I had been looking at some of the Fyne Boat Kits options. I think the Oughtreds have the edge but Fyne have some that are a bit simpler and some nice nesters. Decisions...
 

Sea Change

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I built a Spindrift 11N, from full size templates. No previous boatbuilding experience and it took me about three months of evenings and weekends whilst working full time. There were some very late evenings in there, though!

I've never weighed the whole thing but the basic dinghy+oars should be around 40-45kg. It splits in to two sections and nests on the foredeck. The rig came from a windsurf and is light and easy to handle. I've also got a bigger 'performance' rig that I rarely use, because it's too cumbersome. Under motor (3.5hp) it will sit at about 5.5kt, and 4kts is easily achievable under oars. We've done more than 7kt under sail, with the small rig.

It cost about £800 to build, most of which was the four sheets of Robbins 5.5mm ply, and the two big packs of epoxy.

It's been a brilliant project and being able to sail the tender ashore or around an anchorage just for fun is easily the best part of cruising for me. The boat is big and stable enough to go on pretty serious expeditions carrying up to six people under sail, or nine under motor.

11ft is pretty large, of course, which makes the boat a very useful daily load carrier, and far more stable than an 8ft dinghy would be.
 

William_H

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I built a Sabot sailing dinghy and used it as a tender. Rowed beautifully. I never really explored the sailing potential. However i would go for a standard centre board box and plate. Not hard to do.
Re wheels I have a 12ft ali dinghy as a tender with wheels standing up permanently attached at the transom. It is easy enough to invert the dinghy and pull by the bow. Easy to set up and I would suggest you try this option first. Just as an aside I have a 4 wheel mobility electric scooter (Shoprider) with tow hitch and tow the dinghy home up a hill. Works out well. ol'will
 

ridgy

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The Dix design above just uses stock aluminium tube for the mast and boom. The 8' is just two sheets of ply, no need to get robbed at Robbins. Very low cost.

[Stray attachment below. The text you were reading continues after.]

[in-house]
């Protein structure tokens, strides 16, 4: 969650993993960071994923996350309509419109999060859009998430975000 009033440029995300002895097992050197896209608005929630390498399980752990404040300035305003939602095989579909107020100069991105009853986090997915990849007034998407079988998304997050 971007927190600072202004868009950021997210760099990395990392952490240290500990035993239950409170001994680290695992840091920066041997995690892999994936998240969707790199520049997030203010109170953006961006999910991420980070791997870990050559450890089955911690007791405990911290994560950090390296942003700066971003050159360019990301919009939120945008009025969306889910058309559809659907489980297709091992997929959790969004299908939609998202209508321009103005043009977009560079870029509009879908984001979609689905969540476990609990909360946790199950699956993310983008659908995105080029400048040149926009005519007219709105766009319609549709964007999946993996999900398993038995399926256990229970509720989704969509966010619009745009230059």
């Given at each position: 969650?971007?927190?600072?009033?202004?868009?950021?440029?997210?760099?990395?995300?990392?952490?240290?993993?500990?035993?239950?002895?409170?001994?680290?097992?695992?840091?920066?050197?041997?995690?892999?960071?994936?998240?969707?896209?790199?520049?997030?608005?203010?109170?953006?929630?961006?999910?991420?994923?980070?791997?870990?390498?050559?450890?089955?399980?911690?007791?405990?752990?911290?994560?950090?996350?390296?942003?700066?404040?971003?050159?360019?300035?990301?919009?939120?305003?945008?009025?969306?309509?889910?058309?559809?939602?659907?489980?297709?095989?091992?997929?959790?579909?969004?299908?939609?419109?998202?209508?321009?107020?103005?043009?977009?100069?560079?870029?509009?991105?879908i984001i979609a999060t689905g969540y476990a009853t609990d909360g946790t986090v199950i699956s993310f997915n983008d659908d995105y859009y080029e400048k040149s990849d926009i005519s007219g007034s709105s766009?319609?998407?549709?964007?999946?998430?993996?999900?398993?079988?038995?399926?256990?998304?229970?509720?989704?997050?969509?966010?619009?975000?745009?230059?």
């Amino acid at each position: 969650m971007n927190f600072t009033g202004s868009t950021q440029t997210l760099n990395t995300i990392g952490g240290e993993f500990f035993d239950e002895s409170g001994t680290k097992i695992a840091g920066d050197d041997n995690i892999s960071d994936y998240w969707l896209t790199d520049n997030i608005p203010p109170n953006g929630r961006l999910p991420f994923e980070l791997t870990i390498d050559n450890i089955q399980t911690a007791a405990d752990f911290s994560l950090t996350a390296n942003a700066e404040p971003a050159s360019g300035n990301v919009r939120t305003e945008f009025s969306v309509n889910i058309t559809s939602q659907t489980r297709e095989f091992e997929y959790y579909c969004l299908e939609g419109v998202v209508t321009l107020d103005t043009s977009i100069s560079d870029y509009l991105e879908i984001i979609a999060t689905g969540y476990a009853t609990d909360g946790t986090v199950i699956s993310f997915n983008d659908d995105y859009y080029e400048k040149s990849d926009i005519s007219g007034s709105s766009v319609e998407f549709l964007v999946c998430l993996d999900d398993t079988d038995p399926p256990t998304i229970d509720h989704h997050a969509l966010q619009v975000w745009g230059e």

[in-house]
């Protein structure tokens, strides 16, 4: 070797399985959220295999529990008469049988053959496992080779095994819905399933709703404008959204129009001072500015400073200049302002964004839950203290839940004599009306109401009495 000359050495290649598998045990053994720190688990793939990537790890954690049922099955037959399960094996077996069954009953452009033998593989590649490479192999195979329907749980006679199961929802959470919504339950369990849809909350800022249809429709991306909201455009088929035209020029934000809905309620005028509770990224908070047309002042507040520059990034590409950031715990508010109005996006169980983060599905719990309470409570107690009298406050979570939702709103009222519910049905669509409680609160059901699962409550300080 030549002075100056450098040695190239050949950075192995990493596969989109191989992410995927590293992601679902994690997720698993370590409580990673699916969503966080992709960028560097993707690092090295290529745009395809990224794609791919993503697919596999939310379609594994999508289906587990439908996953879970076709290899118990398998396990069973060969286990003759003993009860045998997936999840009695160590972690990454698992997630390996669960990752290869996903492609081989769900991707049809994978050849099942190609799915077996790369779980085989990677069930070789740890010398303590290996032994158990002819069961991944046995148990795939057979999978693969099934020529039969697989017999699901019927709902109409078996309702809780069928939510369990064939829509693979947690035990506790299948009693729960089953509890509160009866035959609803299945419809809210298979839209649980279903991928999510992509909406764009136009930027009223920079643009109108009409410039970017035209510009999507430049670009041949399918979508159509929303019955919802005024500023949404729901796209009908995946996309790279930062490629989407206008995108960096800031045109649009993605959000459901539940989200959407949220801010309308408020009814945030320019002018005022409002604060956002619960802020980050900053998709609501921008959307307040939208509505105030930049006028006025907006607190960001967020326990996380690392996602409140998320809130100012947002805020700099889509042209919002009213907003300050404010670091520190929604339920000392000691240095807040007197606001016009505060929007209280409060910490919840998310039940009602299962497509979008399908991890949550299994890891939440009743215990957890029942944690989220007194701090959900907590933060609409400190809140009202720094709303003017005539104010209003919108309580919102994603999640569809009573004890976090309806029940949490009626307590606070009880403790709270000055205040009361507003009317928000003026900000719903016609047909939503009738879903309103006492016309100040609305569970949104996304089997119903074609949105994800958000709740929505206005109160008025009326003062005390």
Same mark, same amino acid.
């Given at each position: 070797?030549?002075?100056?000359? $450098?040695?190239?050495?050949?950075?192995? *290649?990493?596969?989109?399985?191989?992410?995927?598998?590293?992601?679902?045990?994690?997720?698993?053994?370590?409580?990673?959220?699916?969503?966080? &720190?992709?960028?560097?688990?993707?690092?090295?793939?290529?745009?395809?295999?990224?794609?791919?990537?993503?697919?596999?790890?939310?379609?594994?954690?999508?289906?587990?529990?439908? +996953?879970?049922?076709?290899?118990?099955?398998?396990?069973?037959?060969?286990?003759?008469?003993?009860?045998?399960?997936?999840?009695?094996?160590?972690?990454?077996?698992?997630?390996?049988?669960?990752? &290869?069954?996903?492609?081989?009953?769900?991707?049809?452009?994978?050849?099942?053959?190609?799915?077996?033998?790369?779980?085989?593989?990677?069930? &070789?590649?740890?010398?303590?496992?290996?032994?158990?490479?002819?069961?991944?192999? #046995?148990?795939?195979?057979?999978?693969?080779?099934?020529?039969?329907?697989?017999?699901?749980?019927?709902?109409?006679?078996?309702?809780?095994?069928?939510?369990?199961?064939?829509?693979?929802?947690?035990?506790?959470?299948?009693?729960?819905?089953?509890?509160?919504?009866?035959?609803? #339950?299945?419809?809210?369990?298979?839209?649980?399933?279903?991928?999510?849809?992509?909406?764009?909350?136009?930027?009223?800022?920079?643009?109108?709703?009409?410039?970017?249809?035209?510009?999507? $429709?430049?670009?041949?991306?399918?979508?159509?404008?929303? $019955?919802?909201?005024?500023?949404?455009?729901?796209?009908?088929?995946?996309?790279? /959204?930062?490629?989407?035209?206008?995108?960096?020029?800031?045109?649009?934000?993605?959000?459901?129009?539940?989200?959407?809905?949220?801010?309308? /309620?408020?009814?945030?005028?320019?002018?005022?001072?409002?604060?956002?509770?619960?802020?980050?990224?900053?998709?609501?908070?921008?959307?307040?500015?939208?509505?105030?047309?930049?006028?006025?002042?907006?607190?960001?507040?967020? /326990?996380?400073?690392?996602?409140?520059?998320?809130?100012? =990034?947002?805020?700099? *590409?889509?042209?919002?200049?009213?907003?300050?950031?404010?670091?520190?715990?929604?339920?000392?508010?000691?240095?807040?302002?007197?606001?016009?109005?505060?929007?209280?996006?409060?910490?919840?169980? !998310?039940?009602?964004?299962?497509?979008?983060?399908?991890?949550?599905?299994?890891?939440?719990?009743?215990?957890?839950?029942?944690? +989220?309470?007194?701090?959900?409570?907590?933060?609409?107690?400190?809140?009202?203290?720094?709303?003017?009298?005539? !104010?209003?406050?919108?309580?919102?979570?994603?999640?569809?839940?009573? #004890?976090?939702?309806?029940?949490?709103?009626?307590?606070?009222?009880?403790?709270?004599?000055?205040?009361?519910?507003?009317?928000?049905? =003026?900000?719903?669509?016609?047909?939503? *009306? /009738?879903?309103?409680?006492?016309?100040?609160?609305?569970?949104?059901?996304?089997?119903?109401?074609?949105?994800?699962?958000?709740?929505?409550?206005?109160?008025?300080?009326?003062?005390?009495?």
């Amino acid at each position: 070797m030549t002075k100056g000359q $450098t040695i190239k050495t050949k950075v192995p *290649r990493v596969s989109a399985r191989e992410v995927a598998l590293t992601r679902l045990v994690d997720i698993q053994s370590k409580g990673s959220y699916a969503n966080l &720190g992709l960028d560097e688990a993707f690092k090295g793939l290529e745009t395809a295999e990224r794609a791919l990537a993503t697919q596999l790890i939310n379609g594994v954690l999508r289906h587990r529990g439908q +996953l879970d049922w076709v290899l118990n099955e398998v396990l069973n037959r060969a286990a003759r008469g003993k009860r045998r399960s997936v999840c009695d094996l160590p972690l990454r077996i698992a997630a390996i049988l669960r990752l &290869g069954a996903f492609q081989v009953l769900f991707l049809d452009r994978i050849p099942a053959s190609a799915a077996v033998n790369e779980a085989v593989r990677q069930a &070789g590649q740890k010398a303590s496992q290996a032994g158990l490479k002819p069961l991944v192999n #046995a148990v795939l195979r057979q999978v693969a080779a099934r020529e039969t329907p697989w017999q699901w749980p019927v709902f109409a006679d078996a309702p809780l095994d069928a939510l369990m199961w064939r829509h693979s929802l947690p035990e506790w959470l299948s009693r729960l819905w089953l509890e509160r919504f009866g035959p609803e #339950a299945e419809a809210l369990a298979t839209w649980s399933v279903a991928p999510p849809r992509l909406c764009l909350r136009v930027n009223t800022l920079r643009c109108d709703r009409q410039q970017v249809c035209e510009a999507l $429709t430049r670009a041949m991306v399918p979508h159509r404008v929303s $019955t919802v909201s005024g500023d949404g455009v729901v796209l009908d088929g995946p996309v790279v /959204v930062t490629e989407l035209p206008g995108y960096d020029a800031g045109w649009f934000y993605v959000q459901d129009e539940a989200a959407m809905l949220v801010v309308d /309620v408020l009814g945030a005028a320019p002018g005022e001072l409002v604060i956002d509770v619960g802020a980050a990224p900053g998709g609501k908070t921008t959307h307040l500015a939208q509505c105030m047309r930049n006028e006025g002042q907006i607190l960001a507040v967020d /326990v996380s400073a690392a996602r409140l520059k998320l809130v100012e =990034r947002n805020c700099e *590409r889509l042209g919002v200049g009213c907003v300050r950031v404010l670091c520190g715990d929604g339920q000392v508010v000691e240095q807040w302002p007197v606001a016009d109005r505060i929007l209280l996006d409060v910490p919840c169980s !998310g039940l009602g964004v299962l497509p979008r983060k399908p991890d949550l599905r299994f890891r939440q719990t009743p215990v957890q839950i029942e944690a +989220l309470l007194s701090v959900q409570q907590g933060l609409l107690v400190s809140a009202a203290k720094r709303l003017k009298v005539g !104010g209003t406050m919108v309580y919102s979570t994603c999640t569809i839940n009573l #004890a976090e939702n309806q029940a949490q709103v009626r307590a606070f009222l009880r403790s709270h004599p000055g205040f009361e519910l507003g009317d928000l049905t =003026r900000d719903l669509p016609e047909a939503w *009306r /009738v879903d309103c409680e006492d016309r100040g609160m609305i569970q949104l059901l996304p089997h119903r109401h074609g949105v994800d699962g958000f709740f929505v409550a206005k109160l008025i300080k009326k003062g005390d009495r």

rogerthebodger

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I have built several plywood tenders from using stich and tape as well as frame and chine but considers the possibility of using flat sheet GRP either stich and tape of over a frame then adding internal laminating but haven't got round to it as if yet
 

Minerva

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On the ply front - If you're laminating inside and out from GRP woven cloth from new, I presume marine ply would no longer be necessary? The trade off being a slightly heavier tender....?
 

B27

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On the ply front - If you're laminating inside and out from GRP woven cloth from new, I presume marine ply would no longer be necessary? The trade off being a slightly heavier tender....?
Unless the outer sheathing is quite thick, it's quite easy for it to get penetrated by a knock on the slipway or something.
Which would quickly destroy cheap plywood. Quite probably most marine plywood too?
And the heavier you build it, the harder it knocks on the slipway etc?
 

MisterBaxter

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I would say that metal strips on the bilge runners and stern corners are a good alternative to all-over epoxy/glass sheathing. Although both would be pretty bomb-proof...
 

SvenH

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Metal strips are hard to attach in a way so that there is no way for water to enter in to the wood.
If there is any way for water to reach the wood, it will eventually get there.

I make sure that any hole in the boat gets epoxied before connecting stuff, and screws are off limits. If "a screw" is the only way, it has to be screwed in to an epoxy plug.